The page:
In 1752 planter Theophilos Field placed a notice in the Virginia Gazette, soliciting the services of a qualified tutor. His needs were simple: “Any single man, capable of teaching Greek, Latin, and Mathematicks* . . .”
Field’s was one of many similar advertisements that appeared in southern newspapers throughout the 18th century, for the gentry considered ignorance a disgrace. An uneducated member of the family was scorned as “Scandalous, . . .and a shame to his relations.”
But if education was important, it was also a problem. There were some “old-field schools” – community schools built on worn-out land – but they were relatively rare, and difficult for most children to get to. Since plantations were vast, families were isolated, and the burden of schooling fell directly on the parents.
Those who could afford it sent their sons to England for a proper education. Others found tutors who would live on the plantation and teach all of the children. The assignment could be challenging. When Philip Fithian accepted a position at Nomini Hall, a 70,000-acre Virginia estate, in 1773, he had only eight pupils. The children, however, ranged in age from 7 to 18 or older, and in experience from those just learning their letters to some who could read Latin.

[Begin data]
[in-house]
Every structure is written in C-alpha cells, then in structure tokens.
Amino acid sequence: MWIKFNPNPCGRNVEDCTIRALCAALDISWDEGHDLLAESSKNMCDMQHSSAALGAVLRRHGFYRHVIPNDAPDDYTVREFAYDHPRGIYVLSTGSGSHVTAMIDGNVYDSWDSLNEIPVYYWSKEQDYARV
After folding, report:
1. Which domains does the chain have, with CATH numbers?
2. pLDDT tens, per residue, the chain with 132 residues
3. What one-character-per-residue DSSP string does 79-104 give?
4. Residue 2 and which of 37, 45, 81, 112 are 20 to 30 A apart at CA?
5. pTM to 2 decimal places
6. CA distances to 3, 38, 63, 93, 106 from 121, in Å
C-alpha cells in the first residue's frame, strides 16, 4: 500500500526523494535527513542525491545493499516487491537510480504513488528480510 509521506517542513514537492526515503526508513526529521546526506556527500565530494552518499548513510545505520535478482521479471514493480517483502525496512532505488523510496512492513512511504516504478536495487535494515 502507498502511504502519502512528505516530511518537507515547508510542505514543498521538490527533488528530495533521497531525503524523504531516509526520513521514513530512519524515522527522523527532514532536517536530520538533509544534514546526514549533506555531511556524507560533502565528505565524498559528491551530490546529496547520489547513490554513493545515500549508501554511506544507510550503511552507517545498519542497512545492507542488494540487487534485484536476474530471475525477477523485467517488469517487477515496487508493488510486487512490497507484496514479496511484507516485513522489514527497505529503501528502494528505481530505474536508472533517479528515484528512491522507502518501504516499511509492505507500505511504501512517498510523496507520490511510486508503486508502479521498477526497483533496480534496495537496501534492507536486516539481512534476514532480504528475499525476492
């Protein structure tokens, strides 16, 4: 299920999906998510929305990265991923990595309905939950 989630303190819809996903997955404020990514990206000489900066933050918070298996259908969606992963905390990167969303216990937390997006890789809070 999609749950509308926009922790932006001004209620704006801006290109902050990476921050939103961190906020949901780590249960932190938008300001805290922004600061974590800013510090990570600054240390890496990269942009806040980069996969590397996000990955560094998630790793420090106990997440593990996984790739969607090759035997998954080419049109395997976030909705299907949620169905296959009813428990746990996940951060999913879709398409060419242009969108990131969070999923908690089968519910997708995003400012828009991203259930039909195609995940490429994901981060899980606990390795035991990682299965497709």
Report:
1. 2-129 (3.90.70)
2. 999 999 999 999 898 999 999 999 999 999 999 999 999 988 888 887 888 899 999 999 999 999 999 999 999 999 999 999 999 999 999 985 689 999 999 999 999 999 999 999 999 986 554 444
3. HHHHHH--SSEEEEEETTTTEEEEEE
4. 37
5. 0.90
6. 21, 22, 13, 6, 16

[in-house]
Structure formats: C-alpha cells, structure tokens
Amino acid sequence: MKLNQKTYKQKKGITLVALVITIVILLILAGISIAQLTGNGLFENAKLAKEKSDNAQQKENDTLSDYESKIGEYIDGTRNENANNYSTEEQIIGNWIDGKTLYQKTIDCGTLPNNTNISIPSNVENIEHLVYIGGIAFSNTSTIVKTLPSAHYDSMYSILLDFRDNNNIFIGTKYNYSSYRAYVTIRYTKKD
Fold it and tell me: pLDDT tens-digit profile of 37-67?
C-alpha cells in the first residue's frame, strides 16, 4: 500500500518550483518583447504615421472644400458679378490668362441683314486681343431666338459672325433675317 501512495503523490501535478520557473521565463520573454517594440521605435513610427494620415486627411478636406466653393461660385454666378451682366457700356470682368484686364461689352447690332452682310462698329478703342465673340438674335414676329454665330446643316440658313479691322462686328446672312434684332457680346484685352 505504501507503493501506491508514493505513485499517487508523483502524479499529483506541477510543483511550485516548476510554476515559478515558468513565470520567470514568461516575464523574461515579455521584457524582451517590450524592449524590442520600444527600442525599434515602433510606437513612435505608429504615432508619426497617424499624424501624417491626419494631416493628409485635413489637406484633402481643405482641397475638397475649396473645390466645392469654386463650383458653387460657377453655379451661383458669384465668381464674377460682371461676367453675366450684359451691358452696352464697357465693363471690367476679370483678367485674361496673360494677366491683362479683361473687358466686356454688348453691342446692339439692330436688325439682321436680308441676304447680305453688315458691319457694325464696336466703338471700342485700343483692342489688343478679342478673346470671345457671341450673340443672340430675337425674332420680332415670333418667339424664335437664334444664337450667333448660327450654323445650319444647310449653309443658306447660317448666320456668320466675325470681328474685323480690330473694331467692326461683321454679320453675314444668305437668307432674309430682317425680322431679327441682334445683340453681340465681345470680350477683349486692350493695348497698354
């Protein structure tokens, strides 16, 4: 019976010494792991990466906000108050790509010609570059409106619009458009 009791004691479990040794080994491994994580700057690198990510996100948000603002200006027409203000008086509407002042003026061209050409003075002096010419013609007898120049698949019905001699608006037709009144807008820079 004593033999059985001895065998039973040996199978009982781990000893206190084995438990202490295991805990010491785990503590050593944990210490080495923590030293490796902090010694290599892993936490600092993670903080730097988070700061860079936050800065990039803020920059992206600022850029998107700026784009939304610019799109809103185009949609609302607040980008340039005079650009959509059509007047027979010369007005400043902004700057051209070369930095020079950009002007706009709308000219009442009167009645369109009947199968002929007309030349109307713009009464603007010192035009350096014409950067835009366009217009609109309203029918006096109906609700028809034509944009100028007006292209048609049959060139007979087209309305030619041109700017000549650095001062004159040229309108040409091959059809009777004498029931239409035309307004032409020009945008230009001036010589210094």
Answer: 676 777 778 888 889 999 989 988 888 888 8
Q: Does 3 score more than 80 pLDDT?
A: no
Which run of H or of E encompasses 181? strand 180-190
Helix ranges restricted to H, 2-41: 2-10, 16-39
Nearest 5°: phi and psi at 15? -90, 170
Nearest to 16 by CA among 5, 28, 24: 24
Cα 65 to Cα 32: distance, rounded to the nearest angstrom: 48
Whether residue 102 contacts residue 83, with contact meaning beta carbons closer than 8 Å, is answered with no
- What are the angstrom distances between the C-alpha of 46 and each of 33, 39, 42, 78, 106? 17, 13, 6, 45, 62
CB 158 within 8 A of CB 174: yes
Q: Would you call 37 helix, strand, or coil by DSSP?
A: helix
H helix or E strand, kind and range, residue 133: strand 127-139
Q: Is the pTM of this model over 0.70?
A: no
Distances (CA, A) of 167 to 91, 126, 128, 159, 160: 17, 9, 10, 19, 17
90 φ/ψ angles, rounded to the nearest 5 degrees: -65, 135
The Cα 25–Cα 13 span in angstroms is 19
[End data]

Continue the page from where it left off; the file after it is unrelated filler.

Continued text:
Fithian was a graduate of Princeton, but American tutors were the exception. More often they were Scots or Englishmen who came to this country as indentured servants, pledging four years of service in exchange for ocean passage and the chance for a new life. Whether or not they were actually trained as teachers, those who had at least a smattering of Latin, literature, and the “the Mathematicks” made use of those skills when they got here.
While many indentured servants were treated as social inferiors, some, like John Harrower, who arrived in Virginia in 1774, were welcomed as gentlemen and had their own school buildings to work in. Horrower’s was “a neate* little House 20 foot Long and 12 foot wide” that doubled as his home. “I sleep in it by myself,” he wrote his wife back in Scotland, and “have a verry* fine feather bed under me.”
Despite his indenture, Horrower, like many other tutors in the South, was allowed to accept children from neighboring plantations as pupils. It was his one means of earning a bit of extra money to send home and help hasten the day when he and his family would be reunited.
Taken from Reader’s Digest Discovering America’s Past – Customs, Legends, History and Lore of Our Great Nation